Jack Shore (15-0) vs Timur Valiev (18-2) – (Bantamweight/135lbs)
Arguably the fight of the night, so no idea why this is all the way down the card like this. Shore is an undefeated talent with a perfect 15-0 record, earning a dominant decision win over Liudvik Sholinian at UFC Vegas 36 most recently while Valiev earned a mightily impressive win over Raoni Barcelos at UFC Vegas 30 in his most recent outing to make it eight wins in his last nine bouts.
Shore is a technical kickboxer with some solid top game too with excellent jiu-jitsu skills too, while Valiev is a speedy striker who has really strong wrestling skills too and has fought a better level of competition. This is an incredibly close match up stylistically and in terms of their current level and could really go either way.
Valiev has the speed edge on the feet and his wrestling is usually good enough to dictate where the bout goes, but Shore will pressure him hard and if he gets on top the likelihood is the round ends with a finish or with him still in that position. Valiev has shown an ability to get KO’d in the past and while Shore doesn’t have that one-punch power himself, the ground-and-pound game will come in handy to secure him a late finish. PICK – Jack Shore via Knockout, Round 3
Nikita Krylov (27-8) vs Paul Craig (15-4-1) – (Light Heavyweight/205lbs)
A big light heavyweight banger up next as ‘BearJew’ makes a return to the octagon. Krylov has alternated defeats and losses in the UFC with losses against Jan Blachowicz, Glover Teixeira and Magomed Ankalaev most recently at UFC Vegas 20 while he earned wins against Ovince St Preux and Johnny Walker. Craig hasn’t fought since UFC 263, where he smashes Jamahal Hill and got a nasty TKO after pulling guard and dislocating his elbow.
Krylov is a solid offensive fighter with good kickboxing skills, good power in his hands and a decent ground game too. Craig on the other hand is a highly-skilled Brazilian jiu-jitsu black belt and while he has powerful striking, his home is on the mat. Krylov will want to keep this fight standing as much as possible, but Craig should look to bring it down quickly.
On the feet, Krylov is the more crisp striker and he has got 15 submission wins in his career from the top position but he’s also been defeated five times via tap out. Craig will likely get clipped on the feet, pull guard and eventually work his way to an armbar for yet another brilliant submission win.. PICK – Paul Craig via Submission, Round 2
Shamil Abdurakhimov (20-6) vs Sergei Pavlovich (14-1) – (Heavyweight/220-265lbs)
Heavyweights step up to the plate in this prelim bout between a veteran and a prospect among the big men. Abdurakhimov returned after two-years away to get stomped by Chris Daukaus at UFC 266 last time out, while Pavlovich is on a two-fight win streak but hasn’t fought since October 2019.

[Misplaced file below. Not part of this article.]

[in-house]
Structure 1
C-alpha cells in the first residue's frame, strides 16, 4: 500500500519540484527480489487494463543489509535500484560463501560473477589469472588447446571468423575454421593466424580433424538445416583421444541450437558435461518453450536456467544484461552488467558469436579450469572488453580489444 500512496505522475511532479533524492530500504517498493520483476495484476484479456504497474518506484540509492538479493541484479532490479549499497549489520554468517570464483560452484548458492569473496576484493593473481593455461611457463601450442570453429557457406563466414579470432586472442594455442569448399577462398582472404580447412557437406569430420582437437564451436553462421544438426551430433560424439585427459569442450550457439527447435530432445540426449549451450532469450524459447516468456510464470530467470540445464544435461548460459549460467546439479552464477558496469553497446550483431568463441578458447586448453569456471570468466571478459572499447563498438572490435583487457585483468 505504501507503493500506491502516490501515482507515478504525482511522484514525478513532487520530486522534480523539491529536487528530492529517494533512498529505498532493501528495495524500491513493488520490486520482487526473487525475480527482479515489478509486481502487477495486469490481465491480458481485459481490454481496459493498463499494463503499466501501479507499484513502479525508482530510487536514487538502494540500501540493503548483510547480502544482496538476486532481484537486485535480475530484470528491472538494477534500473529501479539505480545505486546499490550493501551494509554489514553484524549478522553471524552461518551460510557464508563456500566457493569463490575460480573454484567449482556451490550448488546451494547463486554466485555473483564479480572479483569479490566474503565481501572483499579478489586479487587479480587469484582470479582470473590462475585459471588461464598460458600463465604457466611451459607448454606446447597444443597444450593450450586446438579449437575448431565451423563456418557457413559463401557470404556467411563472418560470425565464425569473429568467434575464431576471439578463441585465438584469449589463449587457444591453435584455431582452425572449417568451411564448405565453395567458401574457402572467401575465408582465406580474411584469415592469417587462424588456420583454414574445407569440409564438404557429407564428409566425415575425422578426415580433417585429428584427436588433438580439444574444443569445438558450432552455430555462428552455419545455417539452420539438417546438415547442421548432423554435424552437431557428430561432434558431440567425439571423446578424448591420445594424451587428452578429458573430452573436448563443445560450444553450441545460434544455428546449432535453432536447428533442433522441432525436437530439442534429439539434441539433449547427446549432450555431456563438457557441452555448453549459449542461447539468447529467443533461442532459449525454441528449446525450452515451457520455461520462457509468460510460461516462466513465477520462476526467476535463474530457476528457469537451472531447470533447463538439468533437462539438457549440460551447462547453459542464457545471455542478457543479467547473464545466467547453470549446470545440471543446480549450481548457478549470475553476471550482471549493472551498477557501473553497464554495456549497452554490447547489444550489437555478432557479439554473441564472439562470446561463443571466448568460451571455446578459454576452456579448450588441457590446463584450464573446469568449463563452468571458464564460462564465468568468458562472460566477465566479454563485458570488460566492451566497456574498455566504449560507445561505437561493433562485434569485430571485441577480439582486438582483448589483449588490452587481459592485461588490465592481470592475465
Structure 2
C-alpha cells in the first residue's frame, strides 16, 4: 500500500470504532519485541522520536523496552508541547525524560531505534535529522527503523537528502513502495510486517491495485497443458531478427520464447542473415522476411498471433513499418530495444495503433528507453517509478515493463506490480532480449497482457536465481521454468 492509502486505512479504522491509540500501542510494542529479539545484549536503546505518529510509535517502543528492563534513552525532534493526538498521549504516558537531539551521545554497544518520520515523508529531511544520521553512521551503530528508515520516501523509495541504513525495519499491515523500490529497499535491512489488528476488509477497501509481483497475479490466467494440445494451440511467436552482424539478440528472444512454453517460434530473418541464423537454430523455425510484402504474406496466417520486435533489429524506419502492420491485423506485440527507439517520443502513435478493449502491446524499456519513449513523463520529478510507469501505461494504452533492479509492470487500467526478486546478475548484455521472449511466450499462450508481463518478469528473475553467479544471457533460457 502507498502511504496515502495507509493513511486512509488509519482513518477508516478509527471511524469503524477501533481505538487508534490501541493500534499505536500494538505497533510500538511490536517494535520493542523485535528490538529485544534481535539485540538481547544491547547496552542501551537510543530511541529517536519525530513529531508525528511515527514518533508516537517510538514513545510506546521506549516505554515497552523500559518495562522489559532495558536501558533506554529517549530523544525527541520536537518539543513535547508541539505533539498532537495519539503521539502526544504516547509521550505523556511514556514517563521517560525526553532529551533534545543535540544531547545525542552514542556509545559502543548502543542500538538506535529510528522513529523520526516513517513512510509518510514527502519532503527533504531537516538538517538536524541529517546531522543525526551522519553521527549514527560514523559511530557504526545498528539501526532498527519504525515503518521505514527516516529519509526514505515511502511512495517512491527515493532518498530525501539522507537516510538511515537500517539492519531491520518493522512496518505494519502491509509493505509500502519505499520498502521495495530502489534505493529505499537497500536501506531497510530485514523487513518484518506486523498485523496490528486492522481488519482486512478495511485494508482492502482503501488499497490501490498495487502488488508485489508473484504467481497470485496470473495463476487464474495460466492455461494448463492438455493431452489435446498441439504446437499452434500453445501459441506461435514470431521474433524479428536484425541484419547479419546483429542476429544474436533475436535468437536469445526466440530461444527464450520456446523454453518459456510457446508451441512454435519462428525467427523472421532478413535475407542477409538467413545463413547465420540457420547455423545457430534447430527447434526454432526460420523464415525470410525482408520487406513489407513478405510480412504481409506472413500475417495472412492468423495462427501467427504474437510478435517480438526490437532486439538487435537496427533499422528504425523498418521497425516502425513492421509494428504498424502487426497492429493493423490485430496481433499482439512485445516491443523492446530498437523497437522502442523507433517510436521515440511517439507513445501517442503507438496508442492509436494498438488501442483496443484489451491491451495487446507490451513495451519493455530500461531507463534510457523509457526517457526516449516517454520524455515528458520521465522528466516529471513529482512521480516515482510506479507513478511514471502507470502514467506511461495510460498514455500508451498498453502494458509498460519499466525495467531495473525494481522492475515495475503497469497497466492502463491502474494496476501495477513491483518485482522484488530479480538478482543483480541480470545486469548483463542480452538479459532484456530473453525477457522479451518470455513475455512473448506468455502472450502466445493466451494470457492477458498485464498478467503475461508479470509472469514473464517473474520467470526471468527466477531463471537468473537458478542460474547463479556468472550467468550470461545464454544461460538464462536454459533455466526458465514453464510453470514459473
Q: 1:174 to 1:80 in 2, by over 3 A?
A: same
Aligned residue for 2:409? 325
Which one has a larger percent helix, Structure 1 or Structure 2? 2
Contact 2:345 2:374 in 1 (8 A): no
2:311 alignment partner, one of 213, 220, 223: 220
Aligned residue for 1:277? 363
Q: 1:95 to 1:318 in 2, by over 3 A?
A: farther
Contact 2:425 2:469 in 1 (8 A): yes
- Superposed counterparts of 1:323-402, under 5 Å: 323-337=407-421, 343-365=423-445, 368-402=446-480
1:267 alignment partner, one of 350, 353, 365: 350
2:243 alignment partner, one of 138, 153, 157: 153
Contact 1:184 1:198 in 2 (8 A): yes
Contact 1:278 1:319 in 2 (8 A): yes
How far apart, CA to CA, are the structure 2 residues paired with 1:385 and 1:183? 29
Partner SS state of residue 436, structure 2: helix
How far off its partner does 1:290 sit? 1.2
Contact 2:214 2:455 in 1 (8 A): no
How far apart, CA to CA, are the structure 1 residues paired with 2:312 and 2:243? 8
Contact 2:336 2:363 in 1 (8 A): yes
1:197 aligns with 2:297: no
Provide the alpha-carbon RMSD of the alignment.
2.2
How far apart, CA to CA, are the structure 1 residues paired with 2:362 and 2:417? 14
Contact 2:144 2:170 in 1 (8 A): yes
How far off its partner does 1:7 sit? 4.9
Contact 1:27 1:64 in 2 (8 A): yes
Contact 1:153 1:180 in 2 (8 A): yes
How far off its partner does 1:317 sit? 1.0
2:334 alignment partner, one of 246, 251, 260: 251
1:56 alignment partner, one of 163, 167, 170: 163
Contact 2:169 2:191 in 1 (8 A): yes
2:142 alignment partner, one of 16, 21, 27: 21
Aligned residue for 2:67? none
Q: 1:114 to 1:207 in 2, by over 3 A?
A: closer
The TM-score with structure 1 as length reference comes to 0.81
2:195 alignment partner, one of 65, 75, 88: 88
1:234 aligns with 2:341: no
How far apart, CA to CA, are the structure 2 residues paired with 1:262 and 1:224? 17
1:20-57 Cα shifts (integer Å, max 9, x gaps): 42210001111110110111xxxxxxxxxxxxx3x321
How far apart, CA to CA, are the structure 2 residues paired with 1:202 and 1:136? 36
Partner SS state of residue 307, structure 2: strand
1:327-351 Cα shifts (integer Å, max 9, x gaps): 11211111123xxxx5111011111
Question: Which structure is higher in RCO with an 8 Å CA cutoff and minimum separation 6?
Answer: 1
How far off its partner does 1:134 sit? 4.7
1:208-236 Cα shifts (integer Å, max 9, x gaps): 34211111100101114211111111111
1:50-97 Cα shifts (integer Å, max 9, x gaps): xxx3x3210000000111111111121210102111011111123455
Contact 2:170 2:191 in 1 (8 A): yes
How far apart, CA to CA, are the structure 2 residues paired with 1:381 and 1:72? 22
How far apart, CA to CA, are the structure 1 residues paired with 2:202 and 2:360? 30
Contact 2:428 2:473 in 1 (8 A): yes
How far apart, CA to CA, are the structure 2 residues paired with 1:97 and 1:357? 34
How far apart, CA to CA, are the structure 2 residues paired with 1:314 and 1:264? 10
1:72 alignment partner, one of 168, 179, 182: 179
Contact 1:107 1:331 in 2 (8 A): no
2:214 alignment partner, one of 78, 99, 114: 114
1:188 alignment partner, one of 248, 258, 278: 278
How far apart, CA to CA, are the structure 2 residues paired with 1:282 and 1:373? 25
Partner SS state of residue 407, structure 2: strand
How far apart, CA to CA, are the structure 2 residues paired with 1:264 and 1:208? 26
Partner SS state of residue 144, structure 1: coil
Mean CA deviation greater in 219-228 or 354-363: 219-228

‘Abrek’ is a grinding wrestler, with a great sambo background and dominant top game looking to wear on his opponents on the mat. Pavlovich on the other hand is a heavy-handed striker with tremendous power, but some takedown defence issues make this a hard fight to call. Abdurakhimov is happy to take a punch or three to close the distance and get hold of his opponent, but those punches could see the end of the night early on.
Pavlovich’s path to victory is clear; avoid takedowns and strike with speed and power. If he can keep this on the feet then I expect him to land enough clean shots to end this one early and while Abdurakhimov will try hard for the takedown I think he gets dropped on the way in before a quick finish. PICK – Sergei Pavlovich via Knockout, Round 1
Mike Grundy (12-3) vs Makwan Amirkhani (16-7) – (Featherweight/145lbs)
A fun featherweight scrap rounds off the prelims section of the card between two European fighters. Grundy is on a two-fight losing streak, dropping decisions against Movsar Evloev and then most recently Lando Vannatta at UFC 262. Amirkhani on the other hand has lost each of his last three, dropping decisions against Edson Barboza and Kamuela Kirk before getting KO’d by Lerone Murphy at UFC 267 most recently.
Grundy is a freestyle wrestler, who looks to use pressure and a big right hand on the feet to set up his takedowns. Amirkhani is a brilliant wrestler also, with excellent submission skills but just about two rounds of cardio in the bank. If it goes to the ground, it’s all about how long they’re there for and who’s on top.
If Amirkhani is on top, then I expect him to be able to work the position before finding a neck or an arm and getting a submission win. If Grundy is on top he will look to wear on Amirkhani and start using big ground and pound on the mat to do damage. With their skills matched up, I’m going to go with the cardio and home crowd advantage of Grundy to drag him through and earn him the victory. PICK – Mike Grundy via Decision